The next evening, though, after Julius had finished milking, Aunt Irene and Uncle Herbert stopped by with a big, gift-wrapped box. Julius and Helga ushered them into the living room as if they had been expecting them and called Sondra in from the kitchen.

      "Hi, sweetie," Herbert greeted his niece with a kiss.

     "We brought you your graduation present a little early," Irene patted the spot next to her on the couch.

    "Thank you." Sondra carefully began to peel the scotch tape back so the paper could be used again.

    The four adults waited impatiently for her to discover the beautiful, brocade suitcase.

    "Thank you," Sondra said uncertainly.

    "There's a smaller one inside that one," Herbert announced.

    "Okay," Sondra felt her cheeks flush as she unzipped the large suitcase. What in the world did she need luggage for if she was staying at Lincoln State? 

     As if reading her thoughts her father cleared his throat. "Your mother and I have a present for you, too."

    "I thought you were buying me the Nova."

    "We're using the money we're saving on not paying out-of-state tuition for that," Helga answered. "That's not a graduation present."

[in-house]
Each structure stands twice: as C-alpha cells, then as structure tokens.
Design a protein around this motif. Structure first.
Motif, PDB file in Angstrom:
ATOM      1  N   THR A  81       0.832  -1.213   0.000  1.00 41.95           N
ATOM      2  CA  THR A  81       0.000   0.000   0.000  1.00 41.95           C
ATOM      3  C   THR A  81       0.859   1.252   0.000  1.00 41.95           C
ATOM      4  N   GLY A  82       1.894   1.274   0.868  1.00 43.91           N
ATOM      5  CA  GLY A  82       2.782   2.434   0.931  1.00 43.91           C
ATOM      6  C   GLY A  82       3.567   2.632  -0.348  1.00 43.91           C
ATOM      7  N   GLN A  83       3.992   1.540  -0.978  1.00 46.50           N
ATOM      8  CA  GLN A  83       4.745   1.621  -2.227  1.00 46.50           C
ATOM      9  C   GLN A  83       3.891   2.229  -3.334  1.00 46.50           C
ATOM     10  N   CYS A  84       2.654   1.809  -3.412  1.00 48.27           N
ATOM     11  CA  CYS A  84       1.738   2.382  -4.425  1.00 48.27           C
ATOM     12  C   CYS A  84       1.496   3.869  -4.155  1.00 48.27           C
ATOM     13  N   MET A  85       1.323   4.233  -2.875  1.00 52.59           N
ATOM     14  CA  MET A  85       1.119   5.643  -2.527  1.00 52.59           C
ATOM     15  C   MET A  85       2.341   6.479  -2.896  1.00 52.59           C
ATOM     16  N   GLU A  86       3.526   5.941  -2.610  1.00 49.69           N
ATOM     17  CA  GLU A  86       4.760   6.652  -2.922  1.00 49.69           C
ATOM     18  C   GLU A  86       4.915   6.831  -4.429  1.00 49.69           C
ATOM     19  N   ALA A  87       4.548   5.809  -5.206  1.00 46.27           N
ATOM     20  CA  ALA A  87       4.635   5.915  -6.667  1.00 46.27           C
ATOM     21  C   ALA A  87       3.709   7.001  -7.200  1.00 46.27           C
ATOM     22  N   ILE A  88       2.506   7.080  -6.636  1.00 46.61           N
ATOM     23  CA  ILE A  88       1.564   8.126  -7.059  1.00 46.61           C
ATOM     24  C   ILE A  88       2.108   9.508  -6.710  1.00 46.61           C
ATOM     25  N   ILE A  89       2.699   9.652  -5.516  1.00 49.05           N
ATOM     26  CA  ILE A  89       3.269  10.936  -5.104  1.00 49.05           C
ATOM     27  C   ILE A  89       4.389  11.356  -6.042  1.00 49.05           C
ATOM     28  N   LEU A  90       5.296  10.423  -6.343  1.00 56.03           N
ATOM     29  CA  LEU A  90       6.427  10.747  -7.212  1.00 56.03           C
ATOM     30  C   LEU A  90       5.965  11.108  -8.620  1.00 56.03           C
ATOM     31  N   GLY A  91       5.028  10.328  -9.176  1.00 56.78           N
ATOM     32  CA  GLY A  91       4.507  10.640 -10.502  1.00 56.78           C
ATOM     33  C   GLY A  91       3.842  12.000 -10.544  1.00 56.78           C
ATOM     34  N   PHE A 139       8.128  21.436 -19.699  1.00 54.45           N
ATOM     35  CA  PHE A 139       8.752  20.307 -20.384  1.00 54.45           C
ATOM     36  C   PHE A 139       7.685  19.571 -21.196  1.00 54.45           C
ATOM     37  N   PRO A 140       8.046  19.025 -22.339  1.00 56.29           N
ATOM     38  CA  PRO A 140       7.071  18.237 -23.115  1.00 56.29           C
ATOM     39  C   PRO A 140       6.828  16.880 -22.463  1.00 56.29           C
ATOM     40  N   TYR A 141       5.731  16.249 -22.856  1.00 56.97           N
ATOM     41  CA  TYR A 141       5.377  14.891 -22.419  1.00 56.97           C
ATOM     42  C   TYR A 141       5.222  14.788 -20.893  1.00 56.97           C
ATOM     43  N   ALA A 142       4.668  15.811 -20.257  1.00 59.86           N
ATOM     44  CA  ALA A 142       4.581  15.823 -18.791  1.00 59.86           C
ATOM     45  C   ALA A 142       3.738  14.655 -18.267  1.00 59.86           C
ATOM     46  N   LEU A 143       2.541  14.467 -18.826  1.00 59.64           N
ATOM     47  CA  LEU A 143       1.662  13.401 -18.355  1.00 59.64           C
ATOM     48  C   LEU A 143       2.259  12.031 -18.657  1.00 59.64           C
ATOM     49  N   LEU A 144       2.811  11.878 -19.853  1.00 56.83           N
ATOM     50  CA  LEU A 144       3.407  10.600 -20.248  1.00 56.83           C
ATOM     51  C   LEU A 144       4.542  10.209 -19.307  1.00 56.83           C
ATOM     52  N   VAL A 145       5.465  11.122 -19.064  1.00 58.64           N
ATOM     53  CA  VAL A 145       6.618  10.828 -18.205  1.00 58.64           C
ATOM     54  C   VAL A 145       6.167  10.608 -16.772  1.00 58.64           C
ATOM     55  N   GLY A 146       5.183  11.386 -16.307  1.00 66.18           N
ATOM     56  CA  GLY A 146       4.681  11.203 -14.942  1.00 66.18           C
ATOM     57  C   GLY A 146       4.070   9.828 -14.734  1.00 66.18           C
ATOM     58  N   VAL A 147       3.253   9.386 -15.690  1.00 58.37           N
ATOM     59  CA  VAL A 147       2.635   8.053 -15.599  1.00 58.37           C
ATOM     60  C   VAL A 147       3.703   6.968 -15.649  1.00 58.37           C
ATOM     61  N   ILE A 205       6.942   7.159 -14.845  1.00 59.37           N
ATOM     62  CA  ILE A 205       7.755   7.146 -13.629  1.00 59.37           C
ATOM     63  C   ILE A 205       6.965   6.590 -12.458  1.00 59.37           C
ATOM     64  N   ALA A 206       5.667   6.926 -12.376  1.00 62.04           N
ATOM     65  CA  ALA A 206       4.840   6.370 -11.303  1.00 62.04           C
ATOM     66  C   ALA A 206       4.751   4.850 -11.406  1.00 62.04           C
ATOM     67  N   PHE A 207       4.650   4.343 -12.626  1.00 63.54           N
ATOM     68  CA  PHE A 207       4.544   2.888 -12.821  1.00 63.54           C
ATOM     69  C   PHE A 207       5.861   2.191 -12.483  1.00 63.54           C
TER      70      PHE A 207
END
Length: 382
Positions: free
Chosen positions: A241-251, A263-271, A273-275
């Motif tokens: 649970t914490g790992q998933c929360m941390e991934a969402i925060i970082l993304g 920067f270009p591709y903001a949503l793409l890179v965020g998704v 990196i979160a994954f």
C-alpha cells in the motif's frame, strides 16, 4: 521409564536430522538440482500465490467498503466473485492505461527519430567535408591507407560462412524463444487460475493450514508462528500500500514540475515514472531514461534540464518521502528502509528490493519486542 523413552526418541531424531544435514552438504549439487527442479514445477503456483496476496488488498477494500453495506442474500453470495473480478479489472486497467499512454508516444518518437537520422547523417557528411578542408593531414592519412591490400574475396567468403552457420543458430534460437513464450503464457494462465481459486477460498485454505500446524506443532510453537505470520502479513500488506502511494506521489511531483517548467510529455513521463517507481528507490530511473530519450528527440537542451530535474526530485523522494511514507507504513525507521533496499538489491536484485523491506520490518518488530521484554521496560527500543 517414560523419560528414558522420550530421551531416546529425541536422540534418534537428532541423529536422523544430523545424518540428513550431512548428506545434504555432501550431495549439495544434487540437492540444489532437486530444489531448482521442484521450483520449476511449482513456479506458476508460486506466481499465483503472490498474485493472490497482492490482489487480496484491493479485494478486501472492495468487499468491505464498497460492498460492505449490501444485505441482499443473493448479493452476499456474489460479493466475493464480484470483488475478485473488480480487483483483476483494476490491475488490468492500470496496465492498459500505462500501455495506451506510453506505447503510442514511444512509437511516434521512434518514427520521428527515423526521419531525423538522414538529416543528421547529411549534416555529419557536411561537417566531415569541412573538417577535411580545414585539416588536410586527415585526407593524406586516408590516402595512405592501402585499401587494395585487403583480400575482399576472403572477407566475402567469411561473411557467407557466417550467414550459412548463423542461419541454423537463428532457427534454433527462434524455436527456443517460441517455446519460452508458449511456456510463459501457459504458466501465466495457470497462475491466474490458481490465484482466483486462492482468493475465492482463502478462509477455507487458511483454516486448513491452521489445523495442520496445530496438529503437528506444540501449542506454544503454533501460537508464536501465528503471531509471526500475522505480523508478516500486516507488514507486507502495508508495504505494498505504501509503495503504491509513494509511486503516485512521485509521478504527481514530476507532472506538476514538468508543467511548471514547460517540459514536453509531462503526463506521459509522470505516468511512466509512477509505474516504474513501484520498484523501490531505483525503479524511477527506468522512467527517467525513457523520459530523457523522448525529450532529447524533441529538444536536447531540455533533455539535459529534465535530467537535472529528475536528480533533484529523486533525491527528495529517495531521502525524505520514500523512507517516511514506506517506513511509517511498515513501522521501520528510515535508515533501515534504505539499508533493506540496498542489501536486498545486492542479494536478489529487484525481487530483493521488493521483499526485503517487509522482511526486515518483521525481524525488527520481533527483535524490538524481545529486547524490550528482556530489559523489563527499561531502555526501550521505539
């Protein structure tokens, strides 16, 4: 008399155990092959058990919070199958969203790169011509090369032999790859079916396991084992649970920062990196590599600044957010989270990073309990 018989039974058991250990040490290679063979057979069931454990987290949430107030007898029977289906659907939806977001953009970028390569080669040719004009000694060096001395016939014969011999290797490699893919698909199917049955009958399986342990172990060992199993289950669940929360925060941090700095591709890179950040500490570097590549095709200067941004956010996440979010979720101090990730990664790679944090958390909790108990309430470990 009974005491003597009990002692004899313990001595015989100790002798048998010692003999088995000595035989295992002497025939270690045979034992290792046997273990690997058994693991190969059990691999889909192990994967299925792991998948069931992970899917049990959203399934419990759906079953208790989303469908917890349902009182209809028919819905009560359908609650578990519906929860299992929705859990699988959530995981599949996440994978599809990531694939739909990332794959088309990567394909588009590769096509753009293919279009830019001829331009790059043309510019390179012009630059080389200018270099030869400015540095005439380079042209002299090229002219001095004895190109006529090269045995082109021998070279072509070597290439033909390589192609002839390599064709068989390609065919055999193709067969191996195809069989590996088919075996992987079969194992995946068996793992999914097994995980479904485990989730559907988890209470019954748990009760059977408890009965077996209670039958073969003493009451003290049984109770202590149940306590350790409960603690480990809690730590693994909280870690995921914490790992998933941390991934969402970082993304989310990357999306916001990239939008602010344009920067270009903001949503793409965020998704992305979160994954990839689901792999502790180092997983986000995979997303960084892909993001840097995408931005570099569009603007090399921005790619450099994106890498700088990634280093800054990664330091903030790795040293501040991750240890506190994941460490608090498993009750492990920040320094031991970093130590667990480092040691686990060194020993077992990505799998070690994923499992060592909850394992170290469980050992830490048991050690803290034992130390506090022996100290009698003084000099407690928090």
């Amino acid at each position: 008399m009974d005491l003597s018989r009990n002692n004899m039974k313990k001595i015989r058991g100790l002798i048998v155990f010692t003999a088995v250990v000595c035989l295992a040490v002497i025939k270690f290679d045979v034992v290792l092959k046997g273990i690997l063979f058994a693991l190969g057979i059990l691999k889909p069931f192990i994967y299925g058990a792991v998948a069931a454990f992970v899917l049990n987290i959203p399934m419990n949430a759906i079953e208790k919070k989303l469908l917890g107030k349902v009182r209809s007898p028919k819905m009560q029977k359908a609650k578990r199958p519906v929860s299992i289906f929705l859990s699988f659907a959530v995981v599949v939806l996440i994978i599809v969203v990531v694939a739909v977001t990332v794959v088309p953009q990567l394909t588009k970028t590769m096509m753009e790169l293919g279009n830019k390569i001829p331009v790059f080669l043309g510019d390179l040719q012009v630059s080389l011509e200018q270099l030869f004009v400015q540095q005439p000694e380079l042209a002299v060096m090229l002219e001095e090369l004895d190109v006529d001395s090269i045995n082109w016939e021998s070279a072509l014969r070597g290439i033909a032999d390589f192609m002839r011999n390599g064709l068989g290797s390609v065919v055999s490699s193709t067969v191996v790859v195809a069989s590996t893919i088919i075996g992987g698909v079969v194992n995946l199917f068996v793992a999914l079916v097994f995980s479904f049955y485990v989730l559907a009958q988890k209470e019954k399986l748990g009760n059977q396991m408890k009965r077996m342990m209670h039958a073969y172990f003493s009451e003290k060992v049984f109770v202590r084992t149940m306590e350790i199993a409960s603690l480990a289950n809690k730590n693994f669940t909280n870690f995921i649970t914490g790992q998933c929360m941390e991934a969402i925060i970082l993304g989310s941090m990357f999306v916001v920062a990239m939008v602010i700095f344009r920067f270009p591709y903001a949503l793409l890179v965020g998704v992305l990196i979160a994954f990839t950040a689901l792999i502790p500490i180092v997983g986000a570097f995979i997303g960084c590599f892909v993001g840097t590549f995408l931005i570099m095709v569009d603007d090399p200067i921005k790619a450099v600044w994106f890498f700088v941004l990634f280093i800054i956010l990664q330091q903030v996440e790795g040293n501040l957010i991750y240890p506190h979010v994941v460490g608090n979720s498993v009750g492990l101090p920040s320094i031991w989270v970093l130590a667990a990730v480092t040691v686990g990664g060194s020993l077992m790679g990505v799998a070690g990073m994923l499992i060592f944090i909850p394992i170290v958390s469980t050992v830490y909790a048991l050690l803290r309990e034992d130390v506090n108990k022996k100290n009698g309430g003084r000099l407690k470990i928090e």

Julius looked lovingly at his daughter. "We're sending you to Israel for a graduation present."

     "We did discuss it on the way home from Kansas City, just like we said we would," Helga told Sondra. "And we decided that if you were going to be in Colorado for almost the whole year we did not want to send you away for the summer. Then," Helga sighed and glanced apologetically at Irene. "everything changed."

     "We contacted the Federation and there was still room on their program." Julius said. "They said there were only two kids from Kansas City going. You'll be the third."

     "What about my job?"

     "I spoke to them and told them you wouldn't be able to start till after the fifth of July," Helga explained. "I hope you're pleased with our surprise?" she asked anxiously.

      Remembering how she had once planned on trying to talk Howie into going with her, Sondra could only nod her head. Tears poured silently down her cheeks, but she was smiling.